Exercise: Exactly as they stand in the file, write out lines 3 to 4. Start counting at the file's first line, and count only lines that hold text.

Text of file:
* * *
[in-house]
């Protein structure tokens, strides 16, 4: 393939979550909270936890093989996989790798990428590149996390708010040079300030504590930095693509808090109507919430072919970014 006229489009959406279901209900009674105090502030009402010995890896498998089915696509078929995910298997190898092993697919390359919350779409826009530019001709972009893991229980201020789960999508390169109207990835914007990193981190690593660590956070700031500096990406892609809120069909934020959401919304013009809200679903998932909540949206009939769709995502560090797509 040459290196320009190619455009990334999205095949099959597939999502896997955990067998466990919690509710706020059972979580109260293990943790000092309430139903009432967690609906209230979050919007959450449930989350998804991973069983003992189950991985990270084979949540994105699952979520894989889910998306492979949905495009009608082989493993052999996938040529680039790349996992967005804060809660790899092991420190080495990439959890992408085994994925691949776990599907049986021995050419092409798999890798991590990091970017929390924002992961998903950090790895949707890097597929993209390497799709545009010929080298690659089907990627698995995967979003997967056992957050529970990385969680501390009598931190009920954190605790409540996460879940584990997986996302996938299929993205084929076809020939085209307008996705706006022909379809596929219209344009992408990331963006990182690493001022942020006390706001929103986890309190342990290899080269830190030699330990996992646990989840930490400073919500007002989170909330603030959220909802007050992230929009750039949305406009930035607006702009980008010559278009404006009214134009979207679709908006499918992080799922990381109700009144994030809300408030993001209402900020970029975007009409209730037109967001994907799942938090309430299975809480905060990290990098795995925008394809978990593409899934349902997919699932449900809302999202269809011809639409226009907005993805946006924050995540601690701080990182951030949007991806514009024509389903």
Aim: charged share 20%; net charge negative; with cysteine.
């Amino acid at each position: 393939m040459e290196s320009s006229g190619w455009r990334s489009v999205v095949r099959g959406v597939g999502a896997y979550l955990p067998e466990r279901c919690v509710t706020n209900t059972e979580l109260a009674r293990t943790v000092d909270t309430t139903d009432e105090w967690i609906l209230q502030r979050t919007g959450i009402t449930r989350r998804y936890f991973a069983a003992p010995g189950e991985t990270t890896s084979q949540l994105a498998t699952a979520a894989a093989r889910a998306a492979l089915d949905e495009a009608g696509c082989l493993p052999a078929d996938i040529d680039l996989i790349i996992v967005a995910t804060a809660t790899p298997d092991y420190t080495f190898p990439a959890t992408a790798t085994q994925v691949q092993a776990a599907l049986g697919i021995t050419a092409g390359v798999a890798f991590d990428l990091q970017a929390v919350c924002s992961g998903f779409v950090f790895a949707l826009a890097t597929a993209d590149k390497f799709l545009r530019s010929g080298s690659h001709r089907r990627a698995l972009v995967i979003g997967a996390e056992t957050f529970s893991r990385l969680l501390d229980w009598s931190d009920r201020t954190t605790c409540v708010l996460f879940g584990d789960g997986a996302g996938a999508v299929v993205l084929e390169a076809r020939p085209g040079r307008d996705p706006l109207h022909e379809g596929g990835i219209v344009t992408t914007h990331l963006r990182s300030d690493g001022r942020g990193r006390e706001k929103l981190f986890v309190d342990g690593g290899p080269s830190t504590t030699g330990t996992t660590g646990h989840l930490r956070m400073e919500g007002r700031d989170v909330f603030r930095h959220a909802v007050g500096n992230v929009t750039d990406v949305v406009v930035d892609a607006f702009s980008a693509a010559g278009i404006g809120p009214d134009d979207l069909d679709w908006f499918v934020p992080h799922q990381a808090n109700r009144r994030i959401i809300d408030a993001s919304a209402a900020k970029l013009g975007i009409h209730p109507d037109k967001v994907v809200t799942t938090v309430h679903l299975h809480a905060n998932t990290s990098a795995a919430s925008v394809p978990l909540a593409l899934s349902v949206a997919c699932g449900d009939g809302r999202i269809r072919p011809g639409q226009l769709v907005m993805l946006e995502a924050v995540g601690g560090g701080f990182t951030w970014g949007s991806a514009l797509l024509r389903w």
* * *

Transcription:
Aim: charged share 20%; net charge negative; with cysteine.
């Amino acid at each position: 393939m040459e290196s320009s006229g190619w455009r990334s489009v999205v095949r099959g959406v597939g999502a896997y979550l955990p067998e466990r279901c919690v509710t706020n209900t059972e979580l109260a009674r293990t943790v000092d909270t309430t139903d009432e105090w967690i609906l209230q502030r979050t919007g959450i009402t449930r989350r998804y936890f991973a069983a003992p010995g189950e991985t990270t890896s084979q949540l994105a498998t699952a979520a894989a093989r889910a998306a492979l089915d949905e495009a009608g696509c082989l493993p052999a078929d996938i040529d680039l996989i790349i996992v967005a995910t804060a809660t790899p298997d092991y420190t080495f190898p990439a959890t992408a790798t085994q994925v691949q092993a776990a599907l049986g697919i021995t050419a092409g390359v798999a890798f991590d990428l990091q970017a929390v919350c924002s992961g998903f779409v950090f790895a949707l826009a890097t597929a993209d590149k390497f799709l545009r530019s010929g080298s690659h001709r089907r990627a698995l972009v995967i979003g997967a996390e056992t957050f529970s893991r990385l969680l501390d229980w009598s931190d009920r201020t954190t605790c409540v708010l996460f879940g584990d789960g997986a996302g996938a999508v299929v993205l084929e390169a076809r020939p085209g040079r307008d996705p706006l109207h022909e379809g596929g990835i219209v344009t992408t914007h990331l963006r990182s300030d690493g001022r942020g990193r006390e706001k929103l981190f986890v309190d342990g690593g290899p080269s830190t504590t030699g330990t996992t660590g646990h989840l930490r956070m400073e919500g007002r700031d989170v909330f603030r930095h959220a909802v007050g500096n992230v929009t750039d990406v949305v406009v930035d892609a607006f702009s980008a693509a010559g278009i404006g809120p009214d134009d979207l069909d679709w908006f499918v934020p992080h799922q990381a808090n109700r009144r994030i959401i809300d408030a993001s919304a209402a900020k970029l013009g975007i009409h209730p109507d037109k967001v994907v809200t799942t938090v309430h679903l299975h809480a905060n998932t990290s990098a795995a919430s925008v394809p978990l909540a593409l899934s349902v949206a997919c699932g449900d009939g809302r999202i269809r072919p011809g639409q226009l769709v907005m993805l946006e995502a924050v995540g601690g560090g701080f990182t951030w970014g949007s991806a514009l797509l024509r389903w």